I will say this you are a brave man, and it is a testament to your metal, being willing to guide in a area that limits your choices. I have had the misfortune to experience two charges involving Black bear, and the fortune that the outcomes left me and the client(s) with hides intact. I've had the required fortitude, but I contribute that to knowing the capabilities of my Win. 1895 in .405 Win. Can't say I would have it behind a shotgun. No discouragement meant just voicing my own reluctance.
Be safe and best regards.Animus facit nobilem
09-05-2011, 10:10 AM #12
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I completely understand your frustration deal with bureaucrats, especially with gun laws. That being said, since you are there to back up your client, and not to take the original shot; it seems to me what you need is a heavy hitting gun for close range work. While a shotgun wouldnt be my first choice, I think it is do-able.
At what kind of ranges are you anticipating needing to fire, Im guessing surely under 50m??? At that point a smoothbore is fine as wiser folks have stated. Im a big fan of big hunks of lead in this situation; so sabots would be out of the question, and Id even think about 10ga. Federal makes a 3 1/2inch 10 gauge slug that shoots a 1 3/4oz slug. Its hard to imagine that not changing a Bruin's mind, especially after your client already hit him and may be next to you firing as well.
There are several options for 10ga guns (assuming they are available to you) including auto loaders, and pumps; but if it were me and the range was under 50m, Id find a SxS and have the barrels shortened to 24 inches. Id add a large white bead and shoot it enough to get comfortable with it. Will it be "regulated"-NO; but it will hit a big Brown or even Black Bear at 50m and under, at least mine will.
09-05-2011, 09:00 PM #13
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This is kind of an old thread. What did you end up choosing Skyline?
I know my reccomendation would have been forget the slugs and go with a 12ga defender and heavy buckshot (SSGs). I have used this combo successfully on a couple occasions in that overgrown crap that is so thick vivibilty is limited to little more than the end of your barrel and you spend as much time walking on deadfall as the ground. That much lead is pretty formidable at close range and if you have to give him a one hander as you balance on deadfall you are covered. A buddy actually had to do that at 5'!The journey is the reward.
01-03-2012, 02:46 PM #14
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Bear Slugs in 12Ga.
I would suggest two slugs for you to consider.
1. One is the Lightfield Commander IDS Plus 3" 12 ga. Saboted Shotgun Slugs.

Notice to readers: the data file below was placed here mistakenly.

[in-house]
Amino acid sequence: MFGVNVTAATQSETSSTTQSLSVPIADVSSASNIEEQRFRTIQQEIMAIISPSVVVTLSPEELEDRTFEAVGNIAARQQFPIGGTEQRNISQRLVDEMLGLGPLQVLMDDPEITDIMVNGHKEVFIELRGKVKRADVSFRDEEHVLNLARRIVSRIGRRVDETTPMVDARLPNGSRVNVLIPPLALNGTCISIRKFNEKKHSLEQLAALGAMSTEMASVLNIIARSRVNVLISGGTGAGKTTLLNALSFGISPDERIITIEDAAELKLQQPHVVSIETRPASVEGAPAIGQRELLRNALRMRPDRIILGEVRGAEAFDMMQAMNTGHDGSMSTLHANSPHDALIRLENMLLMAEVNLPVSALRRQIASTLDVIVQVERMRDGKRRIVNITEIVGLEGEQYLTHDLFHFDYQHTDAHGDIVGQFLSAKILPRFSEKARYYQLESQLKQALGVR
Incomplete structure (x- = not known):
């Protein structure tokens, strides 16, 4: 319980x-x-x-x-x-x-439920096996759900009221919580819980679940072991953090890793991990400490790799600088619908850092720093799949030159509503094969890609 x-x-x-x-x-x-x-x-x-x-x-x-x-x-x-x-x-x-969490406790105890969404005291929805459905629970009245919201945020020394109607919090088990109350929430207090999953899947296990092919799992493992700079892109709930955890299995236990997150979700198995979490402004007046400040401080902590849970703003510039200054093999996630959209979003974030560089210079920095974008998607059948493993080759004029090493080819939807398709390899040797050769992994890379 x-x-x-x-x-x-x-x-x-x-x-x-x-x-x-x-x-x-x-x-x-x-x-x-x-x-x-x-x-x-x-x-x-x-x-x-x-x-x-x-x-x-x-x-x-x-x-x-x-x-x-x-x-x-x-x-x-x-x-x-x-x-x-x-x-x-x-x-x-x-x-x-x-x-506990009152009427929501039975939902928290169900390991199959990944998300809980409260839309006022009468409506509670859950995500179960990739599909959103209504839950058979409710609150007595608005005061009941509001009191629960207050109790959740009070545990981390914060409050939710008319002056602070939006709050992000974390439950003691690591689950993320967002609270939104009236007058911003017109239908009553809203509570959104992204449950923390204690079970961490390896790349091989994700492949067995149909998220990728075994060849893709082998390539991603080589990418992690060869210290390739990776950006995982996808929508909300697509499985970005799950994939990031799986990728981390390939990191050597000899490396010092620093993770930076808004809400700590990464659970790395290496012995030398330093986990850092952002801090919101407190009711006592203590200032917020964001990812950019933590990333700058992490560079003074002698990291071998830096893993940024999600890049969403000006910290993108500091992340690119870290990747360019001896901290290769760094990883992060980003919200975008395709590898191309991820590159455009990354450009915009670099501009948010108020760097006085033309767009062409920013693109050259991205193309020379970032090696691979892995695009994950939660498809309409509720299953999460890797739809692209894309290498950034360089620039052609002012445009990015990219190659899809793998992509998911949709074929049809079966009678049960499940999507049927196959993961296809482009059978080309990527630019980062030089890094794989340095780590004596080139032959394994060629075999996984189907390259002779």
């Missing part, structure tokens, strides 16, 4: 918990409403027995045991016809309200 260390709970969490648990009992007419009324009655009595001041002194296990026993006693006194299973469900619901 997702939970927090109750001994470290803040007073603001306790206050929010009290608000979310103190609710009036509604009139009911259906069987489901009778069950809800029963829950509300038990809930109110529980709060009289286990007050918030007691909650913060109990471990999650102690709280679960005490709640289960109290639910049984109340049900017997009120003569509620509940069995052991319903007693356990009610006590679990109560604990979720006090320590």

The Lightfield Commander IDS Plus was designed as a high velocity, extremely stable, extended range Sabot Slug for use in modern rifled barrel shotguns. The patented design incorporates an impact-discarding Sabot that aids stability in the wind and produces a controlled expansion slug for deeper penetration.
2, The second is Dixie Slugs:
You have two choices:
First- The Original Dixie Terminator12 is a reintroduction of the famous British Paradox Load. Like the original Paradox load, it has a .730"-730 gr hard cast heat treated bullet. Unlike the original, it is loaded today in a modern 3" 12 ga. Mag. hull with modern components. The original Paradox was loaded to two velocity levels...black powder at 1000'/" and Cordite at 1200'/".
The Original Dixie Terminator 12 is loaded to 1250/1275'/" from a Hasting 20" rifled barrel. Longer barrels will produce about 25'/" per extra inch.
Second- The Dixie IXL-DGS is .730" and weighs 870 grs. It is designed for rifled barrels and .729"/.730" bore smoothbore with cylinder chokes. The velocity in the loaded rounds is 1200'/" from 20" 12 gauge 3" Hastings rifled barrels. Dixie designed his slug as requested by experienced shooters in Alaska. It is a true Dangerous Game slug/bullet that will stand up against the most severe tests! It is cast from our standard bullet alloy and heat-treated.There are other offerings that call themselves DGS (Dangerous Game Slugs) that are nothing more than swaged lead.
TarHunt Custom Hunting Rifled Barrel Rifle Slug Guns : Products
11-27-2012, 07:24 PM #15
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Check out a new slug from brenneke, the Magnum Crush, 1.5 oz (666 gr) at 1600 fps at the muzzle. NEW! Magnum Crush
I don't know about a pump vs sxs vs auto for that kind of work, way out of my league. But if you're not comfortably fast with a shotgun, take up trap shooting, and you won't have any trouble with a quick kill shot on a messed up boar. Myself I'd probably go with a SBE semiauto with a short barrel. If something happened where you couldn't pump, the SBE will go bang, being recoil vs gas operated, very simple and reliable. You might also short shuck a pump in an emergency, hence the semi-auto.
I like this slug also because it cuts a clean sharp hole, without much deformation, a penetrator, though I can't speak to that point directly from personal experience."There's more old drunks than there are old doctors, so I guess we better have another round." Willie Nelson
A good slug is absolutely devastating...don't feel under gunned at close quarters! I've used a 'penetrator' slug from PMP SA - I think! to finish off a wounded Buff. At 15 m, the slug penetrated through to the skin on the far side smashing two sets of ribs and leaving a window of a hole!
Whatever you do....do not use pelleted shot! The individual balls lack the weight for good penetration.